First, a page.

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Newsletter: 2018 December

Wow, how did it get so late so soon?

How did it get so late so soon? Its night before its afternoon. December is here before its June. My goodness how the time has flewn. How did it get so late so soon?

- by Theodore Giesel, also known as Dr. Seuss -

If like the famous American children books author Dr. Seuss, you find yourself thinking, “How did it get so late so soon?”, you’re not alone. The year has flown past, and we’re now in the last month of 2018! Where did all the time fly to? Have you achieved all that you set out to do at the beginning of this year? How many ticks do you have on your list of ambitious resolutions that you made for the year?

December, the twelfth and final month on today’s Gregorian calendar, was the tenth month on the old Roman calendar. As with all the other months, this month’s name is also based on a Latin word: Decem (meaning, “ten”).

In December, depending which country you are in, St Nicholas Day is celebrated across Europe on different dates. Generally accepted as the precursor to the commercially popular Santa Claus, Saint Nicholas is very popular with the children in Europe. If you are a tea drinker, please think of the tea workers from tea plantations around the world this December on the 15th, the International Tea Day. While on the 21st, those residing in the Northern hemisphere will experience the Winter Solstice, i.e., the shortest day of the year.

And we shall end the month and the year with the double celebration of Christmas on the 25th, and New Year’s Eve on the 31st which heralds in the start of a new year ahead! Oh, just a tip for the Globetrotters, in case you can’t make it on the 25th for Christmas with your dear ones, you can always celebrate the Orthodox Christmas on the 7th of January!

Now, let’s get on with a holiday season with our photo contest:

Where in the world was the above picture taken ?

Result of November’s photo contest:


The photo was taken in Rouen, the capital of Normandy. Made famous by Joan of Arc, the section of old town still retains the character of a cobbled-street medieval city. The Gros-Horloge in our photo contest is a 14th-century astronomical clock with one of the oldest clock mechanism in Europe.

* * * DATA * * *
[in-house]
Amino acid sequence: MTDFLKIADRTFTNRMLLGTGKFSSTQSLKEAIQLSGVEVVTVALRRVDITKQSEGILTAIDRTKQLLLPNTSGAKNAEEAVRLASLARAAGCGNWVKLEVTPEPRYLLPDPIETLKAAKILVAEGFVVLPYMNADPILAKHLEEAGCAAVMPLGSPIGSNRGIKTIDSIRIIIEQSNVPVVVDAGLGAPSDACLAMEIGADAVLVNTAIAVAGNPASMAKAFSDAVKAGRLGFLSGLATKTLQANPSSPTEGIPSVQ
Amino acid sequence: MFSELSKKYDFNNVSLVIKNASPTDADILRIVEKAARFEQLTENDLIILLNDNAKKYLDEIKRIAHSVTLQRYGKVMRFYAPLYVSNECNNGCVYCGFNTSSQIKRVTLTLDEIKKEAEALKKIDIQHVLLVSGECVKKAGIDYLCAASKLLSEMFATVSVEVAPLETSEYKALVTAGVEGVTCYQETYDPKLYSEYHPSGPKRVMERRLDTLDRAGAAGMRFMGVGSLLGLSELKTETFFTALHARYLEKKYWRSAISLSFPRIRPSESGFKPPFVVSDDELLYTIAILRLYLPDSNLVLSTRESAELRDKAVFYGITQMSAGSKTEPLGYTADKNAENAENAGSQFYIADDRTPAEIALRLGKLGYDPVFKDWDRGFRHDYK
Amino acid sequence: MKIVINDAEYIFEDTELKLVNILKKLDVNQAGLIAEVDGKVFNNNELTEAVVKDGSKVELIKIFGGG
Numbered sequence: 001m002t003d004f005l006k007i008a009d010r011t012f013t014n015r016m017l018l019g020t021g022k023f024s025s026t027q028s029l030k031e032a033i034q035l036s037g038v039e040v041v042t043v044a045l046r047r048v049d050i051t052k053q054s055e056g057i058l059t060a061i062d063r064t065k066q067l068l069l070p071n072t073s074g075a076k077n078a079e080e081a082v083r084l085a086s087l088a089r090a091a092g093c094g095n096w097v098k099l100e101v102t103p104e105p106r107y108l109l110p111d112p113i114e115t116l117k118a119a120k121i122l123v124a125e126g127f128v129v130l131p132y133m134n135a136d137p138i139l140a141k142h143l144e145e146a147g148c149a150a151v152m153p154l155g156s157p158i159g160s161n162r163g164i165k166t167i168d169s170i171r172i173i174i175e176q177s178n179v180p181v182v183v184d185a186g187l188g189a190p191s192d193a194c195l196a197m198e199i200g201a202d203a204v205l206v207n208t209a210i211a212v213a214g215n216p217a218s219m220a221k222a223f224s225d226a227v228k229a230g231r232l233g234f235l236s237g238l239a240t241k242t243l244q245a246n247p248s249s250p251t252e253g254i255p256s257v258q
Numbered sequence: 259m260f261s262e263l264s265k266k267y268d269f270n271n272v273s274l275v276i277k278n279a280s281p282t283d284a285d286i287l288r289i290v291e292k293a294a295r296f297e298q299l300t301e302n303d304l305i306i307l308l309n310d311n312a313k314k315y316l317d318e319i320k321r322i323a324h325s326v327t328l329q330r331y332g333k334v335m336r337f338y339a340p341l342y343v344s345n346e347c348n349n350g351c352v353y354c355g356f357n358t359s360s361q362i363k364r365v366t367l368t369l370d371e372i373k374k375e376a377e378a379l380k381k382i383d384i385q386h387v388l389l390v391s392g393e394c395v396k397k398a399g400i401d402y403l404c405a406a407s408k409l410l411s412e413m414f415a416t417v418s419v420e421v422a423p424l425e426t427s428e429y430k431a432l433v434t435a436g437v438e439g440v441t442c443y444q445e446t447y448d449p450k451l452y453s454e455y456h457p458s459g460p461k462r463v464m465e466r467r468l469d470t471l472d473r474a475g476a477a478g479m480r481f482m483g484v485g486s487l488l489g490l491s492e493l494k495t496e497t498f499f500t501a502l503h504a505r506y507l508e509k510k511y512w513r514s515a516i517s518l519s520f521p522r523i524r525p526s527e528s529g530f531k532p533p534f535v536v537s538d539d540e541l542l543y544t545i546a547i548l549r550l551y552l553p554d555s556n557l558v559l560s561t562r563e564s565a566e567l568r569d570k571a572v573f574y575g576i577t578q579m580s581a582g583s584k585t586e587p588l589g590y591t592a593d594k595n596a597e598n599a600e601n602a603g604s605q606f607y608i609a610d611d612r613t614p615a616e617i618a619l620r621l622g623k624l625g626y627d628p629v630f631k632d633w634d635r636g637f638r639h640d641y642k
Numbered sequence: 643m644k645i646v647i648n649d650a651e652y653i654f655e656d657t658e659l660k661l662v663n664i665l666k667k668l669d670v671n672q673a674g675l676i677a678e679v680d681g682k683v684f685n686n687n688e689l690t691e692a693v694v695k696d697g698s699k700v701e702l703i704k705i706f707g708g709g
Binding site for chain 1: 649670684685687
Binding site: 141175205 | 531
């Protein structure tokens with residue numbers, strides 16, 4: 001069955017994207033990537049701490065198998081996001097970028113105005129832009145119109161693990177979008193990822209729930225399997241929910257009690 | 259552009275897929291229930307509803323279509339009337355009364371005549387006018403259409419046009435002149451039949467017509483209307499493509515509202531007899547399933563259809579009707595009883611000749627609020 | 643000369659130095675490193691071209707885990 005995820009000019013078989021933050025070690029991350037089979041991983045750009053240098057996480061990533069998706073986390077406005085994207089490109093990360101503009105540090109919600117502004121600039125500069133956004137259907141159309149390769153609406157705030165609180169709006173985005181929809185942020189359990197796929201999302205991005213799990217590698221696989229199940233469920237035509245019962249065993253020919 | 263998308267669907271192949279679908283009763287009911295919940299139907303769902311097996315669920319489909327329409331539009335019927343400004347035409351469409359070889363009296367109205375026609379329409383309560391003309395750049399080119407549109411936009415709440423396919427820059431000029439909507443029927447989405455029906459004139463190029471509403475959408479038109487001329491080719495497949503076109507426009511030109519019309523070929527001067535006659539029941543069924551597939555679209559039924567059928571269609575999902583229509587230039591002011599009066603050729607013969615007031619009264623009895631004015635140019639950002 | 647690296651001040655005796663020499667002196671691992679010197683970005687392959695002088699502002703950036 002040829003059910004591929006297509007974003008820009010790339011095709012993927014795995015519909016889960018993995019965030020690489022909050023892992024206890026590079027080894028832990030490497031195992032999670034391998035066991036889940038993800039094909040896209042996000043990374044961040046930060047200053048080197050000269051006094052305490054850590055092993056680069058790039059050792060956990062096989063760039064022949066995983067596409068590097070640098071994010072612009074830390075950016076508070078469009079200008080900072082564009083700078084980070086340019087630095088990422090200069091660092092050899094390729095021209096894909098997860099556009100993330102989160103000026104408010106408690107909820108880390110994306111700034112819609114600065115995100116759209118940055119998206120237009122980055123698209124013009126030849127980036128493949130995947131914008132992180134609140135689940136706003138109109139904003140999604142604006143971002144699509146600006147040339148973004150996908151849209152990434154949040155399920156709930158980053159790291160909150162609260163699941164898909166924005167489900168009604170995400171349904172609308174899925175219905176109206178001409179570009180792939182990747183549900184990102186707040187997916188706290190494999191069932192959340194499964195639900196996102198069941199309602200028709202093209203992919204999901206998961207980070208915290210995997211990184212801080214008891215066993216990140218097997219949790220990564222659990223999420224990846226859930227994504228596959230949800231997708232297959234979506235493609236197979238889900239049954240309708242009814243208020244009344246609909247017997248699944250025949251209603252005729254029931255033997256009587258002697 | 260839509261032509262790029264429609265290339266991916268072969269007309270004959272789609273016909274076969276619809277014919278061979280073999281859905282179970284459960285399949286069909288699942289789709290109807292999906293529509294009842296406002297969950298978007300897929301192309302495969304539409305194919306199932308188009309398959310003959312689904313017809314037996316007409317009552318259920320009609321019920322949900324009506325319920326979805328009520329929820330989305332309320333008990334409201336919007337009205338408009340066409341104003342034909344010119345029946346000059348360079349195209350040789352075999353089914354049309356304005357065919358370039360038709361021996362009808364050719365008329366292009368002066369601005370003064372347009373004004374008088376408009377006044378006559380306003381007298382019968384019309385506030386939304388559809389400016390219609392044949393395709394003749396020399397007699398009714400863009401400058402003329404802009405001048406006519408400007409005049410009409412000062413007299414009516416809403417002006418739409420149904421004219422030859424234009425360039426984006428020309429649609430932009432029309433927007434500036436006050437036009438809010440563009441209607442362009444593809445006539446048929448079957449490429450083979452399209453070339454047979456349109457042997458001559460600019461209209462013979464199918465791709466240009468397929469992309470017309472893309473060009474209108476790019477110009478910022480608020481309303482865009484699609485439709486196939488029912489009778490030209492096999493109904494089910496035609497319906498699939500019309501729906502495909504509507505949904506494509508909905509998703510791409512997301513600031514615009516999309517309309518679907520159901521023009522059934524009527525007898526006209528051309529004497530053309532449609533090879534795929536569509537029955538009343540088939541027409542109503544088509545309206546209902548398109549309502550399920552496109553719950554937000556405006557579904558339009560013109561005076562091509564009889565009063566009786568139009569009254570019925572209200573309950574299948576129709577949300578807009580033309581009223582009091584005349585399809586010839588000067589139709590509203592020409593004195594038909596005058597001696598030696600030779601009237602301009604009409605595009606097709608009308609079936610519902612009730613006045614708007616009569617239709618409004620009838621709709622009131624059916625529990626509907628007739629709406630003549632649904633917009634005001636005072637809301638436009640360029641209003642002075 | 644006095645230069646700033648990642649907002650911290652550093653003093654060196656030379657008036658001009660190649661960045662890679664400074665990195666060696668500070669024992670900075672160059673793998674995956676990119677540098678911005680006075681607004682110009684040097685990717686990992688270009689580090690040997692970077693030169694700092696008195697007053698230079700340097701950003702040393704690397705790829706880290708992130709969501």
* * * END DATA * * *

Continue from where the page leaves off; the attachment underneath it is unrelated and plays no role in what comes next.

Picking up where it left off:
Click the links below if you wish to find out more about Rouen:

Tourism – Normandy

The 4 Cs of Normandy Cuisine

A Journey A Month…
Your Story. Our Story. The Human Story.

A note from Monica:

Last month’s highlight was Thanksgiving, and as I do every year in November, I gathered with a few friends to share dinner. Our Thanksgiving dinners are never elaborate – the table is usually laden with a potluck style meal, with each person bringing a dish that is special to him or her – this year I brought a dish from Singapore that was great for the nippy weather: Bak kut teh (a peppery broth with ribs).

At dinner, the chatter soon moved on to how the following day was Black Friday – a major shopping day with discounts deals galore in the US. My British friend commented that with the advent of online shopping, the Black Friday sales are now quickly catching on in the rest of the world.

And this started me thinking. Of how traditional events are quickly losing their cultural significance to the more commercial aspect of the discounts on material goods. I mentioned this to my companions, and they agreed and pointed out that in December, we have another major festival celebrated the world over which has become commercialised: Christmas.